From the desk of Dr. Kirk Lewis

Updates from the Superintendent

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A Lesson Indelibly Learned

The two boys had a history of feuds, fusses and fights between them. In the calm of the moment before class started and while the teacher was in the hallway, an insult was hurled, followed a nanosecond later by one desk and then another. The two young men were at it again. Punches were being thrown as the rest of us scattered to get away from the flailing fists and flying books, pens and desks tossed aside in the heat of battle.  While startling in its intensity, it was no surprise that another fight had broken out between them. 

Before any of us could scramble through the mess to separate them, Doyle Watts, our U. S. Government teacher ran into the room, quickly assessed the situation and charged through the spectators and the mess to pull the two boys apart. Mr. Watts was an incredibly laid back teacher. In four years of high school, I had never seen him lose it. At that moment, his face flushed in anger. He pulled the boys out of the room and toward the office, a far more impressive display of outrage than the fight itself.

As he got to the door with each boy deflecting blame toward the other, Mr. Watts stopped and glared at them, pushing them rather roughly, I thought, into two nearby desks that somehow remained upright in the fight.

Suddenly, he began asking us the rest of us who had started the fight and why we had done nothing to stop it. He threatened the class to tell no one about the fight, especially not the principal. Mr. Watts confessed that he had been written up for his classroom management and would hold us responsible if he lost his job over this. Before the next 30 minutes were finished, he had us scared to death and in complete legal mode. Those who saw nothing were sent out of the classroom of potential jurors. Actual witnesses were sequestered. “Attorneys” were appointed to represent the students involved in the fight. For the next week, we engaged in a civics lesson to end all civics lessons.

At the end of the week, the jurors, some of them in tears, had determined guilt. They rendered a verdict and made a decision on who would be punished and how severely.

As you might guess, the fight was staged, the entire week an unforgettable lesson in government for a group of kids who had never seen the inside of a courtroom. The actors in his play, the two boys who were in the fight, deserved an Oscar for their performance and Mr. Watts deserved Teacher of the Year. I learned more about the legal process and trial by jury through this staged activity (approved by the principal) than I would have ever learned from reading the chapter and listening to a lecture.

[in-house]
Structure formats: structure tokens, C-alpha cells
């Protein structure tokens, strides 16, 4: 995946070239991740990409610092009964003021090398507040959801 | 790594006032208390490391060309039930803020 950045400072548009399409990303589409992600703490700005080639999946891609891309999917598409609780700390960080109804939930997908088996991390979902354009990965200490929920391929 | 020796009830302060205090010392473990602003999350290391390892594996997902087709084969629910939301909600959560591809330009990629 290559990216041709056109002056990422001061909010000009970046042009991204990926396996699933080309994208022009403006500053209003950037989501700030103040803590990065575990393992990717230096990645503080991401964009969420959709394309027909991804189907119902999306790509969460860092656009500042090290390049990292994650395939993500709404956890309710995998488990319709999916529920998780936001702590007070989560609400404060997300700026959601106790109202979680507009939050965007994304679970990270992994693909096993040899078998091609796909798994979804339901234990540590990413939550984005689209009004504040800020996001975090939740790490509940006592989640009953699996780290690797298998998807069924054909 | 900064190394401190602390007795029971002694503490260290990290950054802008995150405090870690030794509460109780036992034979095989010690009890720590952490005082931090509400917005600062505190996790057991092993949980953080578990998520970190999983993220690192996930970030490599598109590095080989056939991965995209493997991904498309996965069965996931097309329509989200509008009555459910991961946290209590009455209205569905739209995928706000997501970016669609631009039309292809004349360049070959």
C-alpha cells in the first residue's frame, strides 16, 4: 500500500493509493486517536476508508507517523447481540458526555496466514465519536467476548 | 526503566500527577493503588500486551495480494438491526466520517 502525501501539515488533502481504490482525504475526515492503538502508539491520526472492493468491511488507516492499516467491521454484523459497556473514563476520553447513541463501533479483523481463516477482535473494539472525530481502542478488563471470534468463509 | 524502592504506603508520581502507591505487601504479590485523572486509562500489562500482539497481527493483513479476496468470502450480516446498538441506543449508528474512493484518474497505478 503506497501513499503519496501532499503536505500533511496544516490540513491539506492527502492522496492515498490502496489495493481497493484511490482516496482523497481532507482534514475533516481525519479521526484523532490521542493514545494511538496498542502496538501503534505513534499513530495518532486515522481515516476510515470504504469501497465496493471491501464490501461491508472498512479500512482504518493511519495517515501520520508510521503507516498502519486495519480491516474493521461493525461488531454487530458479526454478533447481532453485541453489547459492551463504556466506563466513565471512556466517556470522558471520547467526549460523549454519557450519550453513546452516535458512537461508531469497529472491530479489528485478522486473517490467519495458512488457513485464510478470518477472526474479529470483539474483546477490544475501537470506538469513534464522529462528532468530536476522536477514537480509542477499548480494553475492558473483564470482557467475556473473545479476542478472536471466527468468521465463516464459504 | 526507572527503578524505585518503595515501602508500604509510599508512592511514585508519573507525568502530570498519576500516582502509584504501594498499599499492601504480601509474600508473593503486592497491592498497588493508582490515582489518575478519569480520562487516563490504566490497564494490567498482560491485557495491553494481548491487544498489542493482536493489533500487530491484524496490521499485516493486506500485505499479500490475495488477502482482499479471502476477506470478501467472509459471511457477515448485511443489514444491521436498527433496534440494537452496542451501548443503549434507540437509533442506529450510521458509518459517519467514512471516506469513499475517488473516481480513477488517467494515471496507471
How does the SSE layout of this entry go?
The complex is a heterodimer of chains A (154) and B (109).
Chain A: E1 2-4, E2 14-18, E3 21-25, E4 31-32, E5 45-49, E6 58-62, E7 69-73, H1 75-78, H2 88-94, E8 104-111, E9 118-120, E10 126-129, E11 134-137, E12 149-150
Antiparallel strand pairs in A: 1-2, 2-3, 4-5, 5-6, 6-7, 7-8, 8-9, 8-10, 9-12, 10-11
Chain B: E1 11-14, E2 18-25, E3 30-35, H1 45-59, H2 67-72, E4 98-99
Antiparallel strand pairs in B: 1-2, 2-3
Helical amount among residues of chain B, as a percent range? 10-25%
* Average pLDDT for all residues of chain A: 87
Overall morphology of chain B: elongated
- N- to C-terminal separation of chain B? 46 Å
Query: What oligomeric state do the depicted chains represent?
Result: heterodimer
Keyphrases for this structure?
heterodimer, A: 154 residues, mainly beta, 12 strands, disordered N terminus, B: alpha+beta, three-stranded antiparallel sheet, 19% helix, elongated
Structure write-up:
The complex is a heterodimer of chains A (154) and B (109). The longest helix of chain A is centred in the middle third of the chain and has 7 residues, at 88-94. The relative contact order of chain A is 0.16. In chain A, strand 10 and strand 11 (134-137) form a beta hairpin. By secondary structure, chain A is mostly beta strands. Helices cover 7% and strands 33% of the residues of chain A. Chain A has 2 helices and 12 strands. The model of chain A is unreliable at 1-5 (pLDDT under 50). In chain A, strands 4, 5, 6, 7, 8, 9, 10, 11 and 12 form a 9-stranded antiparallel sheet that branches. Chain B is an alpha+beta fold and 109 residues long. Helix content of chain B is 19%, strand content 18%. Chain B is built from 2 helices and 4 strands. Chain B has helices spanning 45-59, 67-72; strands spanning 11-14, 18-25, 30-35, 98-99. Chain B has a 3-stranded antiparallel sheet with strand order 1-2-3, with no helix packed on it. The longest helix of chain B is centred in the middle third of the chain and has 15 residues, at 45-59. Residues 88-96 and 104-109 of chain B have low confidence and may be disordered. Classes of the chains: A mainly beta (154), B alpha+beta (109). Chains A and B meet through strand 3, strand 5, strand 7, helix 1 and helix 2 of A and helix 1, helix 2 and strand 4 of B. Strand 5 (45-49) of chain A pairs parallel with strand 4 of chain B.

I doubt that we could get away with such shenanigans today with cell phone cameras, texting, Facebook and media hype. While creativity like this might get some unwarranted attention these days, I know that our classrooms today are full of amazing teachers that find creative ways to teach and inspire our students, as did Mr. Watts.

This is National Teacher Appreciation Week. I wanted to take a quick moment to thank Mr. Watts, who taught me U.S. Government 41 years ago in that small Texas Panhandle community. A special thanks also to the 3,638 teachers who work their magic each day in Pasadena ISD on behalf of our students. You are simply the best at what you do.

(Just in case you’re interested. I served as an attorney four decades ago. My client lost. It was an inglorious and short-lived legal career.)


A Question of School Safety

School safety rose to the top of the Texas legislative agenda in the aftermath of the Sandy Hook Elementary shooting in Connecticut. That tragedy represents any community’s worst nightmare. Several bills have been filed in Austin to address additional safety and security measures. Pasadena ISD has voluntarily implemented many safety measures over the years. Most everyone knows we have a 32-member certified police force with officers stationed at every high school every day. Other members of the team patrol our elementary, middle and intermediate campuses regularly. These officers are highly trained, well-equipped and coordinate their emergency plans very well with the outstanding local law enforcement agencies in Pasadena, South Houston, Houston and Harris County.

To keep our kids and staff safe, the District has policies in place for hosting visitors on campus. The district has been creating security vestibules on our campuses; these require visitors to first enter the office. Our campuses use a visitor check-in system, security cameras, and metal detectors when necessary to monitor access to the school. Schools also conduct regular emergency drills, including lock-down drills.

There are bills pending that would allow districts to arm teachers either on a voluntary basis or by assigning specific individuals on campus to carry a weapon. In all honesty, I struggle with that idea and don’t believe it is the best solution for added security. I believe I would rather have additional trained officers to provide a more rapid response to any emergency. That being said, I’d love to hear from parents and community members. Please feel free to share your opinions on the subject.

While the solutions to this very serious issue may vary, the concern for student safety is one we all share. Let me hear from you.

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The Heart of the Community

I believe one can tell the strength of a community’s heartbeat by the way it supports its schools. If that’s true, the Pasadena ISD community is as healthy as a marathon runner. I find multiple evidence for my diagnosis. Consider the number of business partnerships, the financial donations to school programs, HOSTS volunteers, career and technical internships offered by area businesses. The community’s involvement in our schools touches almost every area.